“Great!” It was the feminine voice again. There were two voices—a lighter pitched, excited one, and a lower, nervous one. “Are you okay? How did you get here? What are you? Got a name?”

“Astrid… S-slow down.”

“Oh. Sorry.”

The two voices conferred in that different language again, in hushed tones. He tried to open his eyes again, but the brightness of the snow was blinding. Whatever. He didn’t know why he bothered with the strangers anyway.

He was going back to sleep.


He woke up to the most putrid scent possibly contrived. It lodged itself in his throat, and he growled and gagged around it. The unwanted stimulus had jerked him into a sitting position, and after a few beats of his too-fast heart, his blurry eyes sharpened and focused.

He was no longer in the snow. Instead, he was inside of a tent, dimly lit by candles that should not have provided the warmth they did. He was sitting on a cot of some sort, and when he looked to the space immediately beside him, there was an old woman. She stood, still below his eye-level despite him not being at full height, and she wielded a gnarled wooden cane that she used to prod him in the chest.

“That got your heart working, eh?” she laughed.

He could still only stare, his own elevated heartrate in his ears and the awful taste smelling salts stuck in his throat and nose. He could not smell anything past it, but he didn’t need scent to surmise that the old woman was a full-blooded demon. Her leathery skin was some shade of purple and her eyes were tinted yellow. A single horn emerged from her forehead, tinged with magic, and he could hear wings rustle amidst her white robes.

He hadn’t seen a demon in years. The war (a sharp pang pierced his head) had driven most underground, to the depths of the earth where neither human nor dragon could reach. Some tried to stay, of course; he never had paid attention to what had happened to them. And then… And then recently… There had been demons everywhere. Waging war of their own. But they were massive and different—demons spawned of magic, and not blood.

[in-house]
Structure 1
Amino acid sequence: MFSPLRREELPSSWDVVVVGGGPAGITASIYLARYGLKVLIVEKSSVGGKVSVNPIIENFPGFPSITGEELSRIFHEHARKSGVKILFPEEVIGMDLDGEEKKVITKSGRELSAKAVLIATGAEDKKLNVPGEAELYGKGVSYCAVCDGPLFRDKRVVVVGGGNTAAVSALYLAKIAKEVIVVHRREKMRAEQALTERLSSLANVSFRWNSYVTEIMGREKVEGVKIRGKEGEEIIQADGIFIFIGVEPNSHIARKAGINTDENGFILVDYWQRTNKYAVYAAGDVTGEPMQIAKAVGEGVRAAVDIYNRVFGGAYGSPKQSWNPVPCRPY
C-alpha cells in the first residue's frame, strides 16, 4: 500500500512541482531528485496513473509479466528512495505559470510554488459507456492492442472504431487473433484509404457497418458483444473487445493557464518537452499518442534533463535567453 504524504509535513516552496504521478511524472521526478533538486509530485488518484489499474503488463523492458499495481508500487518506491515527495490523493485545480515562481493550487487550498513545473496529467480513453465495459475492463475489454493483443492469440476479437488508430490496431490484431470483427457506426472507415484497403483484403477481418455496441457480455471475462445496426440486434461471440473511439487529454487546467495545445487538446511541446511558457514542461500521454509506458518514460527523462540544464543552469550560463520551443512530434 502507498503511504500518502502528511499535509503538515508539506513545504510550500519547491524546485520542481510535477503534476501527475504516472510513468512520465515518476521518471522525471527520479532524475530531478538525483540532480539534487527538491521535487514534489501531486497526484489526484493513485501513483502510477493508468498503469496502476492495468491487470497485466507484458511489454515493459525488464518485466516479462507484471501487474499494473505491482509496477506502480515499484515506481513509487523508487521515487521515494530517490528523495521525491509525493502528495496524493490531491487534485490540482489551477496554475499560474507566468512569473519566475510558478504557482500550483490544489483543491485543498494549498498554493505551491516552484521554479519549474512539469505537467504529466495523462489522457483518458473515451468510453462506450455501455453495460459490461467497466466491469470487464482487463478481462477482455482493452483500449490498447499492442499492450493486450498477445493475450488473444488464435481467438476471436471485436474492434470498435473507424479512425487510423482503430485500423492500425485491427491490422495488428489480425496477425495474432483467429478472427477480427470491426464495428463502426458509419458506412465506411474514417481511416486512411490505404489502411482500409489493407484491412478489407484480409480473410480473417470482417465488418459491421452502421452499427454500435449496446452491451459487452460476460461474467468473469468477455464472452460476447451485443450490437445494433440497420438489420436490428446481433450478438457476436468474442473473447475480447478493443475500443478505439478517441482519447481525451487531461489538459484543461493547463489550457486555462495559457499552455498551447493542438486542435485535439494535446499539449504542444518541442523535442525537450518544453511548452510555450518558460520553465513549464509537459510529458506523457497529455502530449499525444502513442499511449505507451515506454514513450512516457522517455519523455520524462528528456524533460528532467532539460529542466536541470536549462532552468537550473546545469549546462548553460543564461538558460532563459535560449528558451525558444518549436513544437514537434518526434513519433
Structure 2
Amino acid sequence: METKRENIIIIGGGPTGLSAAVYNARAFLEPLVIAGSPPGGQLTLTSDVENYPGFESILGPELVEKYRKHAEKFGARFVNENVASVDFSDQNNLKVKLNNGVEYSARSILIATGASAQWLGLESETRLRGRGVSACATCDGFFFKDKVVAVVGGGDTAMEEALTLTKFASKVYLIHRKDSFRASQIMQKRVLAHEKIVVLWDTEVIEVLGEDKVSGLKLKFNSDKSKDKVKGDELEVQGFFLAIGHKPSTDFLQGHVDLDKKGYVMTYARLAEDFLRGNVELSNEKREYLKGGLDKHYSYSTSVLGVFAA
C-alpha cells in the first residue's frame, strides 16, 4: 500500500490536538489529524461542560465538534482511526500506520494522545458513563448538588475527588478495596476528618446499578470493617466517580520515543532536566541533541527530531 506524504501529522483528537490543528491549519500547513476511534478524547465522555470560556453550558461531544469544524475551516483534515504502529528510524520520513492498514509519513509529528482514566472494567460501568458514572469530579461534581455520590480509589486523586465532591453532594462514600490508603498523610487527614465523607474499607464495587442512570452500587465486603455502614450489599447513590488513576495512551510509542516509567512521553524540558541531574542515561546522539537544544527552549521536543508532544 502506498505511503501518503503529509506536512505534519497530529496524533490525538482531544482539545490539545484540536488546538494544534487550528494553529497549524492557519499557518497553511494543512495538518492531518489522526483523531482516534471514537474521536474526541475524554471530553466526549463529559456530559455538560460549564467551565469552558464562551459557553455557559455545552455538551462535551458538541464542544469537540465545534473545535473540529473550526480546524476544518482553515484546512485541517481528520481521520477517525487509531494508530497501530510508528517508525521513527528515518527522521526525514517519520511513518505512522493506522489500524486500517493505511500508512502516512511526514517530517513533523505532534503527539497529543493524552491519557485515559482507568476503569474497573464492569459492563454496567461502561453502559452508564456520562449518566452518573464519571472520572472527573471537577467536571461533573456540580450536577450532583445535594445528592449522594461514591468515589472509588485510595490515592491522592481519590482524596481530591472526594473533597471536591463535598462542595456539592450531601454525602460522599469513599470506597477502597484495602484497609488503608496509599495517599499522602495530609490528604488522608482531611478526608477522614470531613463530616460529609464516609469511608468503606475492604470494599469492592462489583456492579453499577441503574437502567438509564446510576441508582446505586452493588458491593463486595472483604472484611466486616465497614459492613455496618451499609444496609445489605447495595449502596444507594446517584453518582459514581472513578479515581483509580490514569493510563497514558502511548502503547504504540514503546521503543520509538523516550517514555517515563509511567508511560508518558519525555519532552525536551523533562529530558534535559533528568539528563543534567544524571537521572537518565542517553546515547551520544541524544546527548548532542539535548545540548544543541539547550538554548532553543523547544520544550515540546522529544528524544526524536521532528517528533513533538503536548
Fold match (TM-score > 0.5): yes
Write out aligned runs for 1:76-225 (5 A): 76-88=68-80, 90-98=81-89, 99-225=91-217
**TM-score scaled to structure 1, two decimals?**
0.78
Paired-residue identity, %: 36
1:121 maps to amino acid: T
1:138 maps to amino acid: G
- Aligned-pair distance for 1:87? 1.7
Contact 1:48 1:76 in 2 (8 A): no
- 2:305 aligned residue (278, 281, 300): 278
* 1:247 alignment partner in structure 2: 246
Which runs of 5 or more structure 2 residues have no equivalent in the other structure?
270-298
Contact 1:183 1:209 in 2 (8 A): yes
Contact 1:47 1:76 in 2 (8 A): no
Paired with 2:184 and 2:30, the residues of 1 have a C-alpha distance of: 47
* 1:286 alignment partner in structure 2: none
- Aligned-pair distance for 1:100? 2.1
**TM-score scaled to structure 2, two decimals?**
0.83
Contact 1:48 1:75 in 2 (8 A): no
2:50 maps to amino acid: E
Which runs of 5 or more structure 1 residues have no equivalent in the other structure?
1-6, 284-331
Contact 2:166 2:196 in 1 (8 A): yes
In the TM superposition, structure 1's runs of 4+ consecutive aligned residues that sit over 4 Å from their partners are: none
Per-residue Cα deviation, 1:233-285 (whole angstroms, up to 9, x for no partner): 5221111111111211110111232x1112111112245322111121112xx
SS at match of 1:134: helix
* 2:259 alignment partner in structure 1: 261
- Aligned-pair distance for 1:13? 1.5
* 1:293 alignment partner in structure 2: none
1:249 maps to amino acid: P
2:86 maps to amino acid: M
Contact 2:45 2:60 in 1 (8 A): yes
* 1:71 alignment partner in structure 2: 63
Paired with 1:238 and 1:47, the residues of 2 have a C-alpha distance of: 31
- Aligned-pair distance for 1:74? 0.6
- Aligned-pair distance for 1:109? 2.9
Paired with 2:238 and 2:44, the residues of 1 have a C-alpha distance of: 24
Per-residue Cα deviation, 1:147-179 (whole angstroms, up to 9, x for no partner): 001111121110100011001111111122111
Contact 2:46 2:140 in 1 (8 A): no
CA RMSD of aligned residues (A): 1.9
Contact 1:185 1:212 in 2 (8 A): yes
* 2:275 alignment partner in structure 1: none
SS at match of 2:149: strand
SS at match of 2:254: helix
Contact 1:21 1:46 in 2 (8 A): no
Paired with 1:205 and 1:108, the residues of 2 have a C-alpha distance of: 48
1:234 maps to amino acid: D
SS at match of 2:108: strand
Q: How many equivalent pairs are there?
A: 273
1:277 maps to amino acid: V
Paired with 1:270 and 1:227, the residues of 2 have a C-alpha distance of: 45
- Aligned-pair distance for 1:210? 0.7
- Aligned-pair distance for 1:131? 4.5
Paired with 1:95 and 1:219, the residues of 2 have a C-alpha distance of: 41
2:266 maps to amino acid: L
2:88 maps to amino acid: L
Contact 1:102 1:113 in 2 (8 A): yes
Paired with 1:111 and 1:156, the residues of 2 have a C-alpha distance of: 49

From this one, however, he could sense the more natural and grounded magic of the abyss. The old woman shook with age, but her smile was steady.

“Can you understand me, dear?” she asked, in perfect Ishgaran. He vaguely recalled there having been people near him, but her voice was unfamiliar.

He had no idea where he was. He had no idea how he had gotten here. He barely knew what had happened the last time he had been conscious. Above all that, he didn’t know what the woman wanted from him.

He didn’t know why he was still alive. Why anybody would let him live.

The only thing he was certain of was that he was at this woman’s mercy. It took all of his strength just to sit up, and the magic he sensed from her was not born of ether.

He nodded.

The woman hummed, seeming pleased. He felt her magic poke at him—searching him. It didn’t hurt, but it was disconcerting, nonetheless. Numbly, he realized what she was doing: checking his vitals, while she either distracted him or prodded for lucidness. “Now, do you have a name, wanderer?”


“You there,” the guard addressed, scroll in hand. “You’ve come to see the Queen about the war, yes? Where do you hail from?”

He could still see the city burn under the might of dragons in his mind’s eye. His face twisted into a grimace. “Doesn’t matter. It’s destroyed.”

The guard softened some. “Yeah, heard that one before. Your name, then.”

He never had one. He never took one, because not even he wished to contract the ire of the gods, or risk damning some innocent fool along with him. But he was done caring about that. He knew who he wanted to drag down into hell with him.



He shivered, stomach churning from the memory. He had been such a damn fool.

“Don’t have one,” he answered quietly, throat hoarse. Stars, he probably hasn’t talked in decades. It felt wrong. Like everything else did.

She judged him for a moment, eye sharp and appraising. “Very well, wanderer.” She continued her check-up, frowning and muttering in that other language all the while. What did most demons speak? Belianese? He had learned some of it as an apprentice, a long time ago, but without much practice it never stuck—especially since it had been so long. It was a feat that he remembered any language at all.